Montreal

Quebec City mosque approves cemetery purchase near Lévis

The Muslim community has been working for years to establish a cemetery in the region so families don't have to travel to Laval to bury their loved ones.

$215K investment would mean second Muslim burial ground in Quebec

After years of lobbying, 3,000 plots in the Laval Cemetery were designated for Muslim burials in 2015. (CBC)

Members at the Islamic Cultural Centre's general assembly have voted to invest $215,000 in the creation of the Quebec City region's first Muslim cemetery.

Mohamed Labidi, vice-president of the Islamic Cultural Centre, says the general assembly chose between two possible locations: The first one, located in the Quebec City suburb of Ste-Foy, came with a price tag of $1 million, while the other in St-Apolinaire, west of Lévis, was $215,000.

"It would be expensive for the community, that's why we opted for [St-Apolinaire]," explained Labidi.

The community has been working for years to try to establish a cemetery in the region so families don't have to travel to Laval to bury their loved ones. 

Currently there are no dedicated burial grounds for Muslims anywhere outside the greater Montreal region.

After years of lobbying, 3,000 plots in the Laval Cemetery were dedicated specifically for Muslim people in 2015.

Mohamed Labidi is the vice-president of the Islamic Cultural Centre. (Radio-Canada)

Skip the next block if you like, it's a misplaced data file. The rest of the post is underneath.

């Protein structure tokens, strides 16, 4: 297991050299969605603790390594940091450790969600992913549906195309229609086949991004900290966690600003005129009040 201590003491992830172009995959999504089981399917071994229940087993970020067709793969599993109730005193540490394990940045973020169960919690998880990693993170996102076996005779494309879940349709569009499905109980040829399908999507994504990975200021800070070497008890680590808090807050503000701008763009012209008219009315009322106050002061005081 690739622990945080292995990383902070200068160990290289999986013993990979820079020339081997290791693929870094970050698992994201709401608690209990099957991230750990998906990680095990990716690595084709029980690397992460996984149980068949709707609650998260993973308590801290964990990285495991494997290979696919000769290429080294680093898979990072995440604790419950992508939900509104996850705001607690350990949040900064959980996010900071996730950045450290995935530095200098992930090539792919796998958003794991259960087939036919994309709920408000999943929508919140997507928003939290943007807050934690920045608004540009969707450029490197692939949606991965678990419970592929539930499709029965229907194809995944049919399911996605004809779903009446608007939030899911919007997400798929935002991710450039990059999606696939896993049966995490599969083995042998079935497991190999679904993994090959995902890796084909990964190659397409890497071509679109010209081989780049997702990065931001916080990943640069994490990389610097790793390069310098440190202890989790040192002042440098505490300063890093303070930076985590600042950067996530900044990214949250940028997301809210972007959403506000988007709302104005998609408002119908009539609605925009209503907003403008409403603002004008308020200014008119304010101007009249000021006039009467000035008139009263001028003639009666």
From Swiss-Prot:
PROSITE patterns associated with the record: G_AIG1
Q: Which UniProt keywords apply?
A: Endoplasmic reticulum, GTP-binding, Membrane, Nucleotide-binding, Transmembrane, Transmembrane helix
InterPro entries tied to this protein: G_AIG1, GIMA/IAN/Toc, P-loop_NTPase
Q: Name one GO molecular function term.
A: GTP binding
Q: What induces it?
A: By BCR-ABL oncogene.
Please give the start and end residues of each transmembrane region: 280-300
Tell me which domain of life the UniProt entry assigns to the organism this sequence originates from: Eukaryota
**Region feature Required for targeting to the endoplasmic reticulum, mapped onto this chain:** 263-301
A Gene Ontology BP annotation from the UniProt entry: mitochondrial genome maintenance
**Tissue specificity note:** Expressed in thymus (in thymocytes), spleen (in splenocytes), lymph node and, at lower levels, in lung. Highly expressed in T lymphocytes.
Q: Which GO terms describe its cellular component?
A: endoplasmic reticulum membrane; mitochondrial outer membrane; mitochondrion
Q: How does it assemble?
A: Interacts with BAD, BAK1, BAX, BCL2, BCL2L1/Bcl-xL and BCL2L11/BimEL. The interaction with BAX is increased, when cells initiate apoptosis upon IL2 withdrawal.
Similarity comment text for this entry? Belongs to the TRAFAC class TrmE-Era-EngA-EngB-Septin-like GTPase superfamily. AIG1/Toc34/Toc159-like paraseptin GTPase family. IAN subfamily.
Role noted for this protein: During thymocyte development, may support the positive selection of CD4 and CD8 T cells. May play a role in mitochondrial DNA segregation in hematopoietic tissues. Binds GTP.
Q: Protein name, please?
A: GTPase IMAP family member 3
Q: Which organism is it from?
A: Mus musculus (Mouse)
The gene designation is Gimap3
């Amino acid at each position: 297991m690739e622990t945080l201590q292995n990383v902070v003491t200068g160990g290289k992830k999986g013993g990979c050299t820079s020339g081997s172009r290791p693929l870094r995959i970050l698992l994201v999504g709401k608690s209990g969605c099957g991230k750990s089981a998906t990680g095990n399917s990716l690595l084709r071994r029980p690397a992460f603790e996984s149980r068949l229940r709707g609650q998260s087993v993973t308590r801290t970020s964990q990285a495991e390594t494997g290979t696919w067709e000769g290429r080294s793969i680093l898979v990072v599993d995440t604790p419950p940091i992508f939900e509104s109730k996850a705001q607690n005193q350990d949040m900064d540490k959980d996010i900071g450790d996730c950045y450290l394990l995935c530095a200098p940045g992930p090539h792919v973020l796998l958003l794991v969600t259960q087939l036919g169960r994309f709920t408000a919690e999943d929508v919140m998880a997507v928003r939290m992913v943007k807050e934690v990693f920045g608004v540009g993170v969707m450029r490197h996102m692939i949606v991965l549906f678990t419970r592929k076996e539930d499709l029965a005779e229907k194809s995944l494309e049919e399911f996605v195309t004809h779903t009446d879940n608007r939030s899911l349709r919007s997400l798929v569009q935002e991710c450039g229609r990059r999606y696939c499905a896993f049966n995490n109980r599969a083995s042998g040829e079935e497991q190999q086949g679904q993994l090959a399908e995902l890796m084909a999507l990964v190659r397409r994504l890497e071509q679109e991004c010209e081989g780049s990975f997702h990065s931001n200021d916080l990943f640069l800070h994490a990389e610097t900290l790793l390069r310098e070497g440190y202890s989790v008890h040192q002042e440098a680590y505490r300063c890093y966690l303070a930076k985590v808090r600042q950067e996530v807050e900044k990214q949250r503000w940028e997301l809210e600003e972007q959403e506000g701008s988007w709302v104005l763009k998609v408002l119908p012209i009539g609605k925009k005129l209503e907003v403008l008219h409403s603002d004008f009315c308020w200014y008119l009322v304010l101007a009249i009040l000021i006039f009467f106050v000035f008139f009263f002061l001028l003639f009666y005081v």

Quebec City offered to help with tax bill

Quebec City Mayor Régis Labeaume promised to help find a suitable place in the aftermath of mosque shooting that killed six worshippers and wounded 19 others on Jan. 29.

Of the six men who died in the shooting, three were buried in Laval and the others were returned to their country of origins for burial. 

"We are working with them to see what they need. We will help them," Labeaume said.

Quebec City offered to help lighten the tax load if the general assembly voted for the Ste-Foy option. 

Muslim groups have been working for years to get designated cemetery spaces in Quebec. (CBC)

Now that the assembly has voted to accept the purchase, the actual contracts will be drawn up and the administrative details arranged.

In the meantime, Labidi says "everyone in the community is happy" and that they are hopeful the land will be ready by the end of the year.

With files from Stephanie Tremblay

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